The “Fresh Start” paper that’s been published this week has come at a good time. With the Prime Minister’s much-delayed and highly-anticipated speech on Europe finally scheduled for this Friday it should serve to remind him that maintaining the EU status quo is simply not an option and that he must abide by his promises of real change. I agree with much that’s said in the report. In particular, a commitment to a referendum is a definite necessity as part of Mr Cameron’s speech. The British people haven’t been given the opportunity to have their say on EU membership since we entered in the 1970’s, and of course the landscape now has changed beyond all recognition. It’s something that affects everyone in this country at some level – it’s about time we politicians took a moment to listen to what people really want.
Anyone familiar with this blog will also know that I thoroughly agree that we need to re-patriate many of the powers that have been ceded to the Brussels bureaucrats and Strasbourg suits over the years. My concern with the Fresh Start report, though, is that it’s all very well saying we need to shape EU development from within, but I think in reality that’s more than a little naive. With the way that Europe’s going, how much influence can we really hope to have? Too often it seems as if everyone except us is determined to pursue the path of more integration and more regulation. As a lone voice in the storm we’re simply not going to have any meaningful effect on the future development of the EU. That’s why when David Cameron goes to the negotiating table he needs to make it absolutely clear that a complete withdrawal from the EU is a distinct possibility. He has to tell the other EU countries that if they won’t allow us to re-negotiate our current relationship then they could be facing a Brexit. It puts him in a strong position because, for all their antagonism towards Britain, no-one in the EU wants to lose such a major player. Ideally, I’d like to see us come out of any negotiations with a new relationship akin to the Swiss-style set-up, as I advocated with Ruth Lea in our recent report “Britain and Europe: a new relationship.” But whatever happens we need to put things in motion soon. The PM must aim for negotiations to take place before the next election.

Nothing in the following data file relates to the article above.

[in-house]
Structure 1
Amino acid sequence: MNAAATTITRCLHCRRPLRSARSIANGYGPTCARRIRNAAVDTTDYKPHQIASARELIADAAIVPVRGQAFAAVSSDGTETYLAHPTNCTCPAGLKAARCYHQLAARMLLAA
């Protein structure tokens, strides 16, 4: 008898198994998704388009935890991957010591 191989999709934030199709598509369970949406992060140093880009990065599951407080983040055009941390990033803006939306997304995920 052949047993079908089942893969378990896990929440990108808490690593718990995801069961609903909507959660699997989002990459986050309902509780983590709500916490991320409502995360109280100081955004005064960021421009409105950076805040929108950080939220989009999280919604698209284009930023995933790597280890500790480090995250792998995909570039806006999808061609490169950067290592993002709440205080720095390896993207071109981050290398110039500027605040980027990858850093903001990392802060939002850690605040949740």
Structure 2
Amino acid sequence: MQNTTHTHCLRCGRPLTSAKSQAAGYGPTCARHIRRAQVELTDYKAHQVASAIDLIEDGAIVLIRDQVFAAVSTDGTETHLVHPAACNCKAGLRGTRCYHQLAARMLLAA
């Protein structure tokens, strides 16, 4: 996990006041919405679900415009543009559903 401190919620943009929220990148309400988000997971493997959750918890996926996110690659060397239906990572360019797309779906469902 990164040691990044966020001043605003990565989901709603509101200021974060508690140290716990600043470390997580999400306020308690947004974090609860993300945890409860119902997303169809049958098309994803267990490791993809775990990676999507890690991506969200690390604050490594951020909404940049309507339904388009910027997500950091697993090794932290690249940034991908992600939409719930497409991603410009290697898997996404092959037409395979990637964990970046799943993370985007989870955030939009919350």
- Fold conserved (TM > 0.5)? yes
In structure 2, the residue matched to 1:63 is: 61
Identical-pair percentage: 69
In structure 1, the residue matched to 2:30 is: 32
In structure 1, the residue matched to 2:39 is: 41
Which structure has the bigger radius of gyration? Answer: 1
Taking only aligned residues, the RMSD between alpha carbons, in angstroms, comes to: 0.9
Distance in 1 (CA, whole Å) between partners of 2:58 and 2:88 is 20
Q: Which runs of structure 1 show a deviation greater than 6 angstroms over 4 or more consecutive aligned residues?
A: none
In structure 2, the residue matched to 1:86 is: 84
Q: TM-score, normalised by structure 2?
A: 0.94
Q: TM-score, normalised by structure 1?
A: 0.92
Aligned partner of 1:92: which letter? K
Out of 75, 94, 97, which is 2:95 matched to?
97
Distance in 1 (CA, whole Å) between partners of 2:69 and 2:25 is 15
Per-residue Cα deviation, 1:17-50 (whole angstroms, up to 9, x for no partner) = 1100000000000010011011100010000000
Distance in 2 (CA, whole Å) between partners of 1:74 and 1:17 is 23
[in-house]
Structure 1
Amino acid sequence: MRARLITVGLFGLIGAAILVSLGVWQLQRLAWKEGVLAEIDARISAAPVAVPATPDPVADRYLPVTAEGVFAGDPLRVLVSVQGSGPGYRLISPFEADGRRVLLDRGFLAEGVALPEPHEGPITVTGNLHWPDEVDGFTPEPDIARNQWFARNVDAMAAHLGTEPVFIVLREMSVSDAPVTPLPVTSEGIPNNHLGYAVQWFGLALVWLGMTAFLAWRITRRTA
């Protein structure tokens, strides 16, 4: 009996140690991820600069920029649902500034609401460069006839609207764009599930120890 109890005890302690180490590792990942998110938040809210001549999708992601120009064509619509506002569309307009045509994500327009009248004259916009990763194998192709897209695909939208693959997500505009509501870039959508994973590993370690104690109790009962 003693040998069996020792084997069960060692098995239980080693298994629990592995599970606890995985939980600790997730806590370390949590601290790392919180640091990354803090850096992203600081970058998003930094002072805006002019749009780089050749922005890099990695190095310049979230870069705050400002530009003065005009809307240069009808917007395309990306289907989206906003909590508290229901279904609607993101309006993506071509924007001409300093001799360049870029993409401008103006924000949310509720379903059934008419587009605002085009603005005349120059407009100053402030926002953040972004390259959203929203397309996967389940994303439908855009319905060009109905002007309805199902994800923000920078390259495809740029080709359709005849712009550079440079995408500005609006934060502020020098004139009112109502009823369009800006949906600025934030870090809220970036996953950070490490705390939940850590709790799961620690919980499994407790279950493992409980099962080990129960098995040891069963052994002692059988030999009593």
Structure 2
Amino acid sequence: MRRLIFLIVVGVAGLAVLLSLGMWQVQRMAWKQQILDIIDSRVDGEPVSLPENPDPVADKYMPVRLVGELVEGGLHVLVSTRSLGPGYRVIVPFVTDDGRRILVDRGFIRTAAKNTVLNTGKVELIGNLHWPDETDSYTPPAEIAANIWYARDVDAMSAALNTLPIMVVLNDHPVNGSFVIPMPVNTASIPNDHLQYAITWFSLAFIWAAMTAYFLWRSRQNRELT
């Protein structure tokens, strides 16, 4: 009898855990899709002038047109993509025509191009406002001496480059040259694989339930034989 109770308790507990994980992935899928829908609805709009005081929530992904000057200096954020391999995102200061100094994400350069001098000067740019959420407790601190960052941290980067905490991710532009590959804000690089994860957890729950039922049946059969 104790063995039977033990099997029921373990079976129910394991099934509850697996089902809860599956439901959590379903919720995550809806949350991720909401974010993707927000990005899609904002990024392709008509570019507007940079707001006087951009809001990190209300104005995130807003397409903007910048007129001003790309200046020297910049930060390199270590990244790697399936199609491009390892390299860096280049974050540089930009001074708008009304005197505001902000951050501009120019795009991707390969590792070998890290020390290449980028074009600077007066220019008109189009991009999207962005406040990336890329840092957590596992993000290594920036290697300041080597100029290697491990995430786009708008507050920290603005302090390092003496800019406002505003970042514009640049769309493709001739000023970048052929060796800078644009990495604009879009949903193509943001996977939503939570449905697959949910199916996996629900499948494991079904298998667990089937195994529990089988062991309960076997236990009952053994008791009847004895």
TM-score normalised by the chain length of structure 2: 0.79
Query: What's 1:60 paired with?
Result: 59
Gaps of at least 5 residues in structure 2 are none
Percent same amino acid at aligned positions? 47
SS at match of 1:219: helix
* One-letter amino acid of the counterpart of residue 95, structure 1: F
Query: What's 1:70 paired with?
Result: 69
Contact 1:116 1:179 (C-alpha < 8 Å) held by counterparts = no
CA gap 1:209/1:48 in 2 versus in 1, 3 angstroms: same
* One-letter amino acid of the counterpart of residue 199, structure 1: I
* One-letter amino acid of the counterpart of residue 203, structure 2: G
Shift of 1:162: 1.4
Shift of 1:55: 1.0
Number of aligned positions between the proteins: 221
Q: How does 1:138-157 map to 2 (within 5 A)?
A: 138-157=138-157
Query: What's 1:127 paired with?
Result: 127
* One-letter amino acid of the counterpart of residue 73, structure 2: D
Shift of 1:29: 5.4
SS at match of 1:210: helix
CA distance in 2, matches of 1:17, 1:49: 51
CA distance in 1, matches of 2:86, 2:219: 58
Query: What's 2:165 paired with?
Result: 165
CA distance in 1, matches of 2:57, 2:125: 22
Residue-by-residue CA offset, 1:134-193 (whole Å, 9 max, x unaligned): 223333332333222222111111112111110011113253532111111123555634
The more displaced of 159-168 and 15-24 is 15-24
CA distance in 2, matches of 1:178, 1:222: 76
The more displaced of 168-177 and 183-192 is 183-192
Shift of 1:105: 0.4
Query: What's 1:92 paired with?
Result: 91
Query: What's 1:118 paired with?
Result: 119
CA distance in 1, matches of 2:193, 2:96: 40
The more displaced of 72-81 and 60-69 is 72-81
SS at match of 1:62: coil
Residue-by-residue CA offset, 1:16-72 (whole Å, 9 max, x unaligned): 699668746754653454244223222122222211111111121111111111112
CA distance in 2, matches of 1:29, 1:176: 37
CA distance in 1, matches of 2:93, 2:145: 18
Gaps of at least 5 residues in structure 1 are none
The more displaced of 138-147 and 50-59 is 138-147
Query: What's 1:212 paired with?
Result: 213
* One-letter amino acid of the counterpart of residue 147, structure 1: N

And let’s not listen to the latest scare-mongering by Nick Clegg and the Lib Dem Europhiles when they say that British businesses will suffer. It’s a bit rich for a man who’s never had any experience of life outside politics to wax lyrical about the realities of running a business. The truth is that the EU is a dead weight on the development and growth of most British businesses. Far from being bad for business, a release from the overbearing EU regulations and directives would allow us to take advantage of better trade links with emerging economies. Unlike the Lib Dem’s themselves, British business would flourish.